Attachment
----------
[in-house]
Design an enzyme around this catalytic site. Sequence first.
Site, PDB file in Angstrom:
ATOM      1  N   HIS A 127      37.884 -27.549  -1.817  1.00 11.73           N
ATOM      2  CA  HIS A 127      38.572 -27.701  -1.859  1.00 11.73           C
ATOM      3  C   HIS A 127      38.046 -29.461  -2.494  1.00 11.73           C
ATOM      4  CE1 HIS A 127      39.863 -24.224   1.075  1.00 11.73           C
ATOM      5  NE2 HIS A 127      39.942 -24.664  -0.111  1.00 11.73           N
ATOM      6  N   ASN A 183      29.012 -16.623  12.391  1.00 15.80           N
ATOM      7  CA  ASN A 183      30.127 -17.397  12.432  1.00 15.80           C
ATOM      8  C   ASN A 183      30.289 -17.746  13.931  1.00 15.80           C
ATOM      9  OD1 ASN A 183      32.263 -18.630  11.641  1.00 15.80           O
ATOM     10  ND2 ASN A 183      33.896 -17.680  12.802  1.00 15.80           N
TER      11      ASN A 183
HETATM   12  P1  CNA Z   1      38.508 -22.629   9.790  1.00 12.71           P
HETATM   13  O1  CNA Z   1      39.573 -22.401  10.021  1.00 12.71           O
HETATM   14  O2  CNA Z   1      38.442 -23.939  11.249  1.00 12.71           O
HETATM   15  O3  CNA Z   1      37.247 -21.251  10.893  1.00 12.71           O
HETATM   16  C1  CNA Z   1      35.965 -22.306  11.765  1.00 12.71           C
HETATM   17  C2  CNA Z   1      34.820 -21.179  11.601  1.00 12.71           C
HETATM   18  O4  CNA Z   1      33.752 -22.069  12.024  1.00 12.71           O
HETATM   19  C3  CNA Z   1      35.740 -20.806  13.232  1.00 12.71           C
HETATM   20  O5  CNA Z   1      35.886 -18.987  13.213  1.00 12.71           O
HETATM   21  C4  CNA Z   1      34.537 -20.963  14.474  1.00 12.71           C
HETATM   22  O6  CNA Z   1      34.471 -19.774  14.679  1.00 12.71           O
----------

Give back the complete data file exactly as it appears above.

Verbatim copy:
[in-house]
Design an enzyme around this catalytic site. Sequence first.
Site, PDB file in Angstrom:
ATOM      1  N   HIS A 127      37.884 -27.549  -1.817  1.00 11.73           N
ATOM      2  CA  HIS A 127      38.572 -27.701  -1.859  1.00 11.73           C
ATOM      3  C   HIS A 127      38.046 -29.461  -2.494  1.00 11.73           C
ATOM      4  CE1 HIS A 127      39.863 -24.224   1.075  1.00 11.73           C
ATOM      5  NE2 HIS A 127      39.942 -24.664  -0.111  1.00 11.73           N
ATOM      6  N   ASN A 183      29.012 -16.623  12.391  1.00 15.80           N
ATOM      7  CA  ASN A 183      30.127 -17.397  12.432  1.00 15.80           C
ATOM      8  C   ASN A 183      30.289 -17.746  13.931  1.00 15.80           C
ATOM      9  OD1 ASN A 183      32.263 -18.630  11.641  1.00 15.80           O
ATOM     10  ND2 ASN A 183      33.896 -17.680  12.802  1.00 15.80           N
TER      11      ASN A 183
HETATM   12  P1  CNA Z   1      38.508 -22.629   9.790  1.00 12.71           P
HETATM   13  O1  CNA Z   1      39.573 -22.401  10.021  1.00 12.71           O
HETATM   14  O2  CNA Z   1      38.442 -23.939  11.249  1.00 12.71           O
HETATM   15  O3  CNA Z   1      37.247 -21.251  10.893  1.00 12.71           O
HETATM   16  C1  CNA Z   1      35.965 -22.306  11.765  1.00 12.71           C
HETATM   17  C2  CNA Z   1      34.820 -21.179  11.601  1.00 12.71           C
HETATM   18  O4  CNA Z   1      33.752 -22.069  12.024  1.00 12.71           O
HETATM   19  C3  CNA Z   1      35.740 -20.806  13.232  1.00 12.71           C
HETATM   20  O5  CNA Z   1      35.886 -18.987  13.213  1.00 12.71           O
HETATM   21  C4  CNA Z   1      34.537 -20.963  14.474  1.00 12.71           C
HETATM   22  O6  CNA Z   1      34.471 -19.774  14.679  1.00 12.71           O